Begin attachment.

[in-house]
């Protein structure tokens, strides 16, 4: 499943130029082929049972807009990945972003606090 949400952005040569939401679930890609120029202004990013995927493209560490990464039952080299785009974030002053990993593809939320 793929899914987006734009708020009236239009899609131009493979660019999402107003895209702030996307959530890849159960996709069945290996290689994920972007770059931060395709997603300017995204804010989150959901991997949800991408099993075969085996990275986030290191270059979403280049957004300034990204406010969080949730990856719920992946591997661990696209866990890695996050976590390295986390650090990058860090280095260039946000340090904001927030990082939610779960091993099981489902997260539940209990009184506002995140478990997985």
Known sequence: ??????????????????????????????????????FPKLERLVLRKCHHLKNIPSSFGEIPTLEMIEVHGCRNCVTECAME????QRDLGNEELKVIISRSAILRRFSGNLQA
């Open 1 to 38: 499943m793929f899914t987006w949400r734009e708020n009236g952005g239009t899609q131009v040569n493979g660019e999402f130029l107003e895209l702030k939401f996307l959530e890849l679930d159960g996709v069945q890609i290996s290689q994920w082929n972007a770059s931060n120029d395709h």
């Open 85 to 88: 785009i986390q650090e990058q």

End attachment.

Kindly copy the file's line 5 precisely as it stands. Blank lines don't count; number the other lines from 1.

């Open 85 to 88: 785009i986390q650090e990058q």